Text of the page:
Nitrogen is an essential nutrient for phytoplankton that often limits primary production in the ocean, and its availability therefore plays a key role in global ocean productivity. The amounts and form in which nitrogen exist are controlled by microorganisms. One microorganism-mediated process is known as nitrification, which oxidizes ammonia or ammonium to nitrite and nitrite to nitrate, nitrate being the bioavailable form of nitrogen. While this is the well-accepted process of nitrification, preliminary results strongly suggest that a nitrogen-containing compound know as polyamine nitrogen may be directly converted by some microorganisms to nitrate. However, the importance of this process for global biogeochemical nitrogen cycling is unknown. The goal of this study is to evaluate the biogeochemical significance of direct oxidation of polyamine nitrogen, as a model organic nitrogen compound, to nitrification compared to canonical nitrification of ammonia. The project will result in training a postdoctoral researcher and provide opportunities for undergraduates to gain hands-on experience with research on microbial geochemistry and coastal ecosystem processes. Project personnel will also work with the Georgia Coastal Ecosystems Long-Term Ecological Research program to engage a K-12 science teacher in the project.

Ammonia oxidation is a key step in the process of converting fixed nitrogen to dinitrogen gas and thus is central to the global nitrogen cycle and to removing excess fixed nitrogen from coastal waters with high concentrations of nutrients. Recent research has shown that Thaumarchaeota play a major role in ammonia oxidation in the ocean. Experiments with enrichment cultures and coastal water samples where ammonia oxidizing archaea are the dominant ammonia oxidizers, show that some forms of organic nitrogen may be oxidized directly to nitrogen oxides without first being regenerated as ammonium. Of the substrates tested, polyamine and particularly putrescine nitrogen appear to be oxidized directly to nitrogen oxides, while amino acid and urea nitrogen is first regenerated as ammonium and then oxidized. The investigators will examine this process in detail over three years using enrichment cultures and experiments conducted with coastal bacterioplankton. Specifically, they will aim to better understand 1) the consequences of this novel process to ocean geochemistry, 2) the fate of the carbon present in polyamines, 3) what organisms are responsible for the direct oxidation, and 4) the chemical characteristics of the organic nitrogen compounds accessible to direct oxidation.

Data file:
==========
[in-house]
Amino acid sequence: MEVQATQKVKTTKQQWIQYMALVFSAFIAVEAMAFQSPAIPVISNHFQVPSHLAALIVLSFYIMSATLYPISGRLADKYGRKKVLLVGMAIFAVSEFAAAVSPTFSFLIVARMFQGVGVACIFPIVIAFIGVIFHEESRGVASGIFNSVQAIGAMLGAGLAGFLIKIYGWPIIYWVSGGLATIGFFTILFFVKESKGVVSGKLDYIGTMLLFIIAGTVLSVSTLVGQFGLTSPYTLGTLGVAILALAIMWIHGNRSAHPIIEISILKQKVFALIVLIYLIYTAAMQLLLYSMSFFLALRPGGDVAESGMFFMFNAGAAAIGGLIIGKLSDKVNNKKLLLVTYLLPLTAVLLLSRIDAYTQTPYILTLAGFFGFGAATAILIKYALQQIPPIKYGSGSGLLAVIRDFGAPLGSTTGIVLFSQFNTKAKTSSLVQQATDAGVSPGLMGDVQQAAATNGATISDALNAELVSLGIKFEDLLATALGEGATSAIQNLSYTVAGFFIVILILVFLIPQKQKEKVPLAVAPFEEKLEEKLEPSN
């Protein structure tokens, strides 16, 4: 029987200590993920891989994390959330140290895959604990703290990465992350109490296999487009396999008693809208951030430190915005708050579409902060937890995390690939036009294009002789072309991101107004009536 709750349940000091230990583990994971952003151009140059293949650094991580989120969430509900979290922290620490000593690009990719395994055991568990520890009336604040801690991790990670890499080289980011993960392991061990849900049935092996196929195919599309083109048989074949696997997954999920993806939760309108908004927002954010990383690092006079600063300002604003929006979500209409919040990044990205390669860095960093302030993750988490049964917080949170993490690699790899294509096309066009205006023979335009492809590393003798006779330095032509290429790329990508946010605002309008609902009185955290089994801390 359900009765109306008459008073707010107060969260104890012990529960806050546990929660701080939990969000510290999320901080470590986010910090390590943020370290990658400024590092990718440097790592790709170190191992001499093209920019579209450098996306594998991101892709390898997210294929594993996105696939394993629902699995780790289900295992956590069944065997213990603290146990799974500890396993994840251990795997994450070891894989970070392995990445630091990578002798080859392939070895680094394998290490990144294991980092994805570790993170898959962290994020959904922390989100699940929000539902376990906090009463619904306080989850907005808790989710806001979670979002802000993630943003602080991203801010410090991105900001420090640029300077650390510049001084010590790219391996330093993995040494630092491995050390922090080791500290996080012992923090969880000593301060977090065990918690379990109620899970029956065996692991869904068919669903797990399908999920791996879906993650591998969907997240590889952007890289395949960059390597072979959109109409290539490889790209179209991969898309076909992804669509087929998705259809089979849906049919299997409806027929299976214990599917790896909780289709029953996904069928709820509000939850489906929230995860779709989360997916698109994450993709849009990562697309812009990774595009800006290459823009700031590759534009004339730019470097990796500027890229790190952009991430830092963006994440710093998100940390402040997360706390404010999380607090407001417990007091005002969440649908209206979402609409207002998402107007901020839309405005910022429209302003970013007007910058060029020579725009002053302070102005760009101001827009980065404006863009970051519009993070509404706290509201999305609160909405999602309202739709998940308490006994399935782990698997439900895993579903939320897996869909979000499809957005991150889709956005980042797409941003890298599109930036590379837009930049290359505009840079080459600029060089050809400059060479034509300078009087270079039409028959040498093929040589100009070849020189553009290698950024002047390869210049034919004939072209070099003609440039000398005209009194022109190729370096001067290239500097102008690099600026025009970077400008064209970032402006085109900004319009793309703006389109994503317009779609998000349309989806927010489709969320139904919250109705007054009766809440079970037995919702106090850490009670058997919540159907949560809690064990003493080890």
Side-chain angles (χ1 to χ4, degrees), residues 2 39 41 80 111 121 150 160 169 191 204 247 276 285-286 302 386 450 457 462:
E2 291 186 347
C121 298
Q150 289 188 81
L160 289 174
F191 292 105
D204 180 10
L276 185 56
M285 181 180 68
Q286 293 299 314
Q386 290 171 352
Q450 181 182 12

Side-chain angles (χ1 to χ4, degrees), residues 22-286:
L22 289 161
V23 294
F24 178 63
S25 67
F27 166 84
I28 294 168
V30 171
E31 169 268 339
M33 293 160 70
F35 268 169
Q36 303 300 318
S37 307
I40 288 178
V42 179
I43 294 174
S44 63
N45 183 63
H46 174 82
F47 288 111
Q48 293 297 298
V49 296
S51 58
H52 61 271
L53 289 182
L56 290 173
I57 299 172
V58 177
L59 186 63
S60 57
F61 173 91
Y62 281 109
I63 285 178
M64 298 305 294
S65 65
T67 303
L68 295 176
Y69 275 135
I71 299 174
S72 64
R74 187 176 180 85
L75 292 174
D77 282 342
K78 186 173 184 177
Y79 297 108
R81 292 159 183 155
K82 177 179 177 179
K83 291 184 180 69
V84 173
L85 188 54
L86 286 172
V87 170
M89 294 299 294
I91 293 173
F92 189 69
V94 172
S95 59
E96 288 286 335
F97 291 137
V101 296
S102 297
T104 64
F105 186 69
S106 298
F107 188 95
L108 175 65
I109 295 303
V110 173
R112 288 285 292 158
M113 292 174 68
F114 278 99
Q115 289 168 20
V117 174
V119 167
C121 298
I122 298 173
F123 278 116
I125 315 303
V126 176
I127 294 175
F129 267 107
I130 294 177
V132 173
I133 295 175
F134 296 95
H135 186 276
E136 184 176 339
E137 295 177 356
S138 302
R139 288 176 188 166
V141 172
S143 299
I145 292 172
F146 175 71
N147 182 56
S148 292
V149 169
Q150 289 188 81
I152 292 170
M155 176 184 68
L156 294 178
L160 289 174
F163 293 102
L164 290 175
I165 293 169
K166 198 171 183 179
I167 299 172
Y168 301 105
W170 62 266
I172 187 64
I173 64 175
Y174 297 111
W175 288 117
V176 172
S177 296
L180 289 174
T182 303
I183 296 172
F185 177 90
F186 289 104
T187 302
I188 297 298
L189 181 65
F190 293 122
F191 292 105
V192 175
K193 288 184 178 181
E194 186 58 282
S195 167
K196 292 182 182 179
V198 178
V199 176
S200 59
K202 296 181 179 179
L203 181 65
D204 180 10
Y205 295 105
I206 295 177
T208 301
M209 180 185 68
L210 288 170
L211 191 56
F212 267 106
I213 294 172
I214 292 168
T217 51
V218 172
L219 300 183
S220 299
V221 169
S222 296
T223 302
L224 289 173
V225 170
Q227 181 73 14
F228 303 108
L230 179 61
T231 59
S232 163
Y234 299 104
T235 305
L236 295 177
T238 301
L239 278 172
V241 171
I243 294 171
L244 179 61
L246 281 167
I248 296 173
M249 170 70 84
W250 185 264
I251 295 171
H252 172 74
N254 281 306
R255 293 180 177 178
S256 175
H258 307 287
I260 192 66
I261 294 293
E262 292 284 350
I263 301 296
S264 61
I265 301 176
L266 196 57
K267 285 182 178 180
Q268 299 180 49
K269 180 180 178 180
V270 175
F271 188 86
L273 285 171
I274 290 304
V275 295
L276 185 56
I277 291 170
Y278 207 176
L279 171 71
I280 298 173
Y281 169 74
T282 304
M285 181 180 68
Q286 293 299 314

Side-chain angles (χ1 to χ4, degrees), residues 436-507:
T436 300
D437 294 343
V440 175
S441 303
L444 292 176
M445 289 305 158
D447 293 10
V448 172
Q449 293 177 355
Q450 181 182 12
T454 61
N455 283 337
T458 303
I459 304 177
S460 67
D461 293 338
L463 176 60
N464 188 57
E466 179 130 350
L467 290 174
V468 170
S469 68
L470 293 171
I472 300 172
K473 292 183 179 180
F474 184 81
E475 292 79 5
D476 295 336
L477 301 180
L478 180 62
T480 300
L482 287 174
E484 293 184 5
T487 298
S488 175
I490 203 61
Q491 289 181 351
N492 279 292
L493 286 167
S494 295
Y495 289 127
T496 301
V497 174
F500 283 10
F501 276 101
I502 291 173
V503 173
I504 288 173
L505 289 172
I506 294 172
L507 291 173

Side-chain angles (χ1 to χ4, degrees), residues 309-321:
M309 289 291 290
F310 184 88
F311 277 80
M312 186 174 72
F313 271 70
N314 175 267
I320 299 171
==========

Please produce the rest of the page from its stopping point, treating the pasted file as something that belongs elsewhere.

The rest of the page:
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Funding

Funding SourceAward
NSF Division of Ocean Sciences (NSF OCE)
NSF Division of Ocean Sciences (NSF OCE)